Plot Your Politics


TikTok is a popular app allowing users to share short videos. TikTok was first released in 2016 and is created and maintained by a Chinese tech company, Bytedance. In 2019 the US government fined TikTok $5.7M after learning that it was collecting personal information on users under the age of 13. Later in 2019 the US launched a national security review of the app and since that time the US Military has banned installation of the app on all military devices. 

The current national security concern is that the Chinese government may indirectly have access to personal data on millions of US citizens, because Chinese cyber security laws allow the Chinese government to mandate companies and private Chinese citizens to hand over data and information on demand. This applies to Chinese companies like Bytedance but also to Chinese nationals working for US companies. 

ActiVote conducted a survey to determine what our users thought the US Government should do in relation to TikTok. We provided five options to choose from, which can be summarized as follows: 

  • The US government should not interfere
  • The US government should monitor the situation, but not interfere at this time.
  • The US government should audit the company to ensure that no data can get into the hands of the Chinese government
  • The US government should force the sale of TikTok to a US owner.
  • The US government should shut down TikTok.

Our users seem to seek a balance between the clear national security threat on the one hand, and support for free enterprise on the other hand, leading them to believe that an audit is the most desirable next step.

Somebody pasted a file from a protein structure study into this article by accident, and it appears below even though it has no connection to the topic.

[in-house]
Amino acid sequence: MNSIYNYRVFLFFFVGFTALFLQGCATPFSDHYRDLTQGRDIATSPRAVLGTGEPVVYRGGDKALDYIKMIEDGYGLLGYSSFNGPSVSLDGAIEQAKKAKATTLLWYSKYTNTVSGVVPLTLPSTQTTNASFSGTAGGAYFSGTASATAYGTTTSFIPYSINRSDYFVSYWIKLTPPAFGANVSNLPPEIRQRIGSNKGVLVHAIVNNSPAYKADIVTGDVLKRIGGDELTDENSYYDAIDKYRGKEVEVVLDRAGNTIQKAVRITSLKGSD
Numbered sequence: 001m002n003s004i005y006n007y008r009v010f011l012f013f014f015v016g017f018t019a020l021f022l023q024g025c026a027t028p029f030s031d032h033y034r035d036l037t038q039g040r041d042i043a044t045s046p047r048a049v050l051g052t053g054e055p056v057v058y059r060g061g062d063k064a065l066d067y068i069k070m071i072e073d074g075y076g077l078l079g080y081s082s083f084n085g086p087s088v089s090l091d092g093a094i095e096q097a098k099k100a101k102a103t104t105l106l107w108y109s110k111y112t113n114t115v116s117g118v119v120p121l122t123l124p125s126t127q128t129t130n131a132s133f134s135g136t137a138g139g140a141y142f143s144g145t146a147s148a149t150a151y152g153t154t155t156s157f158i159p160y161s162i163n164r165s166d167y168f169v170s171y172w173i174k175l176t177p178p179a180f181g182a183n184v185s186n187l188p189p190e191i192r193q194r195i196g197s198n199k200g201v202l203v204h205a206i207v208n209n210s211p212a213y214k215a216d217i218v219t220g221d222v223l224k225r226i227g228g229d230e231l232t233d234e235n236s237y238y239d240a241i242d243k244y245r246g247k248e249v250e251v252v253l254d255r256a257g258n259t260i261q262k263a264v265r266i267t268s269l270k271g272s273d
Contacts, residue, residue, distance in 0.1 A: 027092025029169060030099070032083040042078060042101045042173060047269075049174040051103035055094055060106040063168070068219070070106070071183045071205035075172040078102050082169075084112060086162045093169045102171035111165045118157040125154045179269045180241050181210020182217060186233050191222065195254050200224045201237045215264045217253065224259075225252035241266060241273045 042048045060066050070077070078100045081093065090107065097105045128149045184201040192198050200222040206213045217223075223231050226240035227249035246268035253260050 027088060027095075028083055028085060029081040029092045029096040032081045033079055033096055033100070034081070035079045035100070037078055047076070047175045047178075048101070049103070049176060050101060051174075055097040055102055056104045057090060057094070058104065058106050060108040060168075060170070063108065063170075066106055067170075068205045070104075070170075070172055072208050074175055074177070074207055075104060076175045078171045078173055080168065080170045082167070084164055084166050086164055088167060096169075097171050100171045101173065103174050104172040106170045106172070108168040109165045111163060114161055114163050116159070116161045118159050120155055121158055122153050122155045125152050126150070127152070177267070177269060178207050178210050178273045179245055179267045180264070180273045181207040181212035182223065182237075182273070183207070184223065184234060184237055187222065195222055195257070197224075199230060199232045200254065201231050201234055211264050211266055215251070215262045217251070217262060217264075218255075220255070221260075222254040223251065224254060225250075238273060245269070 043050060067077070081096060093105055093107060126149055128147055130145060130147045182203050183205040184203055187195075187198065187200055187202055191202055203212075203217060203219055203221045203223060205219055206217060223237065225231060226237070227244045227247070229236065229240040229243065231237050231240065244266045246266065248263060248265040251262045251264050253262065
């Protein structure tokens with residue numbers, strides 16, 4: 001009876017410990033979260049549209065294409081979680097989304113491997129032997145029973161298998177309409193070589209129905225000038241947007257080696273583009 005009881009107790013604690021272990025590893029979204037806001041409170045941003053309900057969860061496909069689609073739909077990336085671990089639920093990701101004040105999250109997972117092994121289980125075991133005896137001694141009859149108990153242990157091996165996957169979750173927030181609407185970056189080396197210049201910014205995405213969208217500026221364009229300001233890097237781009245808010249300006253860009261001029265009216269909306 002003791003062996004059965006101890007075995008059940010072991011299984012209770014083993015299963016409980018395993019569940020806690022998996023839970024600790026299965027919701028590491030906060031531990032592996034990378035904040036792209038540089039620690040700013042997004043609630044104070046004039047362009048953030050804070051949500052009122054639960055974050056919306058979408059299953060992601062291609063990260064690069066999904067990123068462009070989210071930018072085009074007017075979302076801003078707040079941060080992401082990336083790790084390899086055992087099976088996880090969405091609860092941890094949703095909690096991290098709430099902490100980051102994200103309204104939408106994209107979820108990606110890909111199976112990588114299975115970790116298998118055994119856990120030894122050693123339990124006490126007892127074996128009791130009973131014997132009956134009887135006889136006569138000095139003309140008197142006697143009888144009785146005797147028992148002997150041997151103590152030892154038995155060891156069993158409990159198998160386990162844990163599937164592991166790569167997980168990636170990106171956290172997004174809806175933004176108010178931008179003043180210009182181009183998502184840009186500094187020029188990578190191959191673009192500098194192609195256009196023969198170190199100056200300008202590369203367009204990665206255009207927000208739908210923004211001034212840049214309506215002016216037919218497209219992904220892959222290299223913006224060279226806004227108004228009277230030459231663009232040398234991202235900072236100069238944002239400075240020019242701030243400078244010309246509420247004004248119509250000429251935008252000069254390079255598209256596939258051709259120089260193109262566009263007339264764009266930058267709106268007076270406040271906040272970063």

We found that 44% believe that an audit is necessary. 14% want stronger action (sale or shutdown), while 42% are less concerned and do not require any forceful action at this time.

A majority (54%) of the youngest two age groups (18-49) favor a hands-off approach, while only 18% of the older voters agree with that. It may be that national security is more on the minds of older voters, or, it may be that younger voters want to keep TikTok (as its user base very much skews younger).

From a regional perspective it seems that the traditional red state aversion to regulation vs. the more government supportive blue states shows clearly in our poll. In deep red states 83% prefers the government to stay out, while in deep blue states, only 19% shares that opinion.

In contrast to the generic red vs. blue state sentiment, Republicans are more enthusiastic to act on TikTok. This may be inspired by the fact that the Republican administration has been vocal about taking a strong stance on TikTok.

Overall, a clear majority wishes to do something, if only an audit, to determine whether TikTok is the national security risk that some fear it may be.

Weigh in on our future surveys!